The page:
Microsoft is in the crosshairs of a lawsuit charging that smartphones powered by Windows 7 software noted the whereabouts of users even if they didn't want to be tracked.
A suit filed Wednesday on behalf of a woman from the US state of Michigan maintained that Microsoft gathered location information from Windows 7 smartphones in disregard of people refusing consent for the process.
"Microsoft consciously designed its OS (mobile operating system) to siphon geographic location information from users and transmit their specific whereabouts to Microsoft's servers," lawyers said in court documents.
"Microsoft's scheme is executed through its camera application, which comes standard with a mobile device running the Windows Phone OS," the filing maintained.
The first time a Windows 7 phone user opens the pre-installed camera application a box pops up asking for permission to automatically tag images with the device's location.
"This information also helps us provide you with improved location services," read a copy of the pop-up box message included in court paperwork. "We won't use the information to identify you or contact you."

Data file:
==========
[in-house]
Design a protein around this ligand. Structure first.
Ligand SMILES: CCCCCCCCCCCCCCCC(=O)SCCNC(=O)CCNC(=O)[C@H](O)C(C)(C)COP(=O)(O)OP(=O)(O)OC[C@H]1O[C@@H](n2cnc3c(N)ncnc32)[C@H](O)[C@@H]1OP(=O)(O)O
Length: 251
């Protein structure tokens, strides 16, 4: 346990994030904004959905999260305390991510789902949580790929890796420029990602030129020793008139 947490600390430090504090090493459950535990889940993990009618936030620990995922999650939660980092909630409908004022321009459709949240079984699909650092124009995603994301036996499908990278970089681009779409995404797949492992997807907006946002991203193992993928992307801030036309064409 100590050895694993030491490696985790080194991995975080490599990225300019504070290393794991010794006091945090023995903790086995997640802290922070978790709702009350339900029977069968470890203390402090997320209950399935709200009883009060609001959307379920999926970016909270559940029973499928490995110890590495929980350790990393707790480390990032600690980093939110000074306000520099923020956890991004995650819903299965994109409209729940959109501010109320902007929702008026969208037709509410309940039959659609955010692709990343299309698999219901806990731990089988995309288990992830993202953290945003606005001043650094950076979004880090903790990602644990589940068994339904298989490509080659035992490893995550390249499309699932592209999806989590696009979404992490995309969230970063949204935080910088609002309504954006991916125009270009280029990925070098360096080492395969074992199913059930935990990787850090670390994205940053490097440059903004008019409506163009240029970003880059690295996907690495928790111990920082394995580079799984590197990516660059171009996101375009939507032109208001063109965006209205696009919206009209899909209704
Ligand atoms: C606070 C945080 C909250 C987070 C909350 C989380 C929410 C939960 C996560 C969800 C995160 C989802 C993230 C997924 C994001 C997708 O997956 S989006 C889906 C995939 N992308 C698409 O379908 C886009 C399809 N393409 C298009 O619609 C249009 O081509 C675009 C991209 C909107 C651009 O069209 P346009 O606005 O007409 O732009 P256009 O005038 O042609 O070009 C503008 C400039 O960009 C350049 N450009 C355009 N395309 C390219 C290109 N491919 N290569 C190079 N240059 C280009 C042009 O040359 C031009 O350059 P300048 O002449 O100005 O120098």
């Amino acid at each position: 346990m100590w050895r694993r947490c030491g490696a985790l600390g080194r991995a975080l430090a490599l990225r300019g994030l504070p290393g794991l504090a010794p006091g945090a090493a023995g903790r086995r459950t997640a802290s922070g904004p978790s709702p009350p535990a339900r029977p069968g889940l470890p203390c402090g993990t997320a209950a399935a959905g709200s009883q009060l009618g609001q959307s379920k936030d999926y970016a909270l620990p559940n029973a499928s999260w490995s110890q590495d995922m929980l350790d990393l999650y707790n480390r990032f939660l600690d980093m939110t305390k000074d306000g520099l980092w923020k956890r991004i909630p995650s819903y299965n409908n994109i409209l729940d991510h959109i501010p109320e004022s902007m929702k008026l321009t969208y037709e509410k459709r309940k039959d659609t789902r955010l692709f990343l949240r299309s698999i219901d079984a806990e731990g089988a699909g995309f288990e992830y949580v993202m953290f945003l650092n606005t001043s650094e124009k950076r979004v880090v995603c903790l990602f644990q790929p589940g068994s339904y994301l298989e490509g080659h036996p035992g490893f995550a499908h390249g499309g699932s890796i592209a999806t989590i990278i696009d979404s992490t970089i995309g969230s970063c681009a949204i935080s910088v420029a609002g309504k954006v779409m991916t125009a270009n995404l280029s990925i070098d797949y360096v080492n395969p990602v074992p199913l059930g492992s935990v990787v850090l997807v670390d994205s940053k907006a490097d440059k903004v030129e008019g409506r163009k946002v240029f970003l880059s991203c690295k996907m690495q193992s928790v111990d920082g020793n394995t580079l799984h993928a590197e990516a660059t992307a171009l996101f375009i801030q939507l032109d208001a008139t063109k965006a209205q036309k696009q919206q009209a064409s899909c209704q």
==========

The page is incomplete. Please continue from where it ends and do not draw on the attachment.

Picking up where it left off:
Phone users can select between "allow" and "cancel" options.
If Windows phone users opt for "cancel," the camera software continues to record latitude and longitude coordinates of handsets along with locations of nearby mobile service towers and Wi-Fi networks, the lawsuit charged.
The lawsuit filed on Microsoft's home turf in the state of Washington accuses the technology titan of violating US stored communications and electronic communications privacy acts along with unjustly enriching itself.
Lawyers are seeking class-action status to represent all Windows 7 phone users and want Microsoft to be ordered to pay cash damages and stop the location-tracking practice.
Microsoft declined to comment.
The lawsuit came amid ongoing concern regarding the types of data gathered from smartphones that are increasingly central to modern life.
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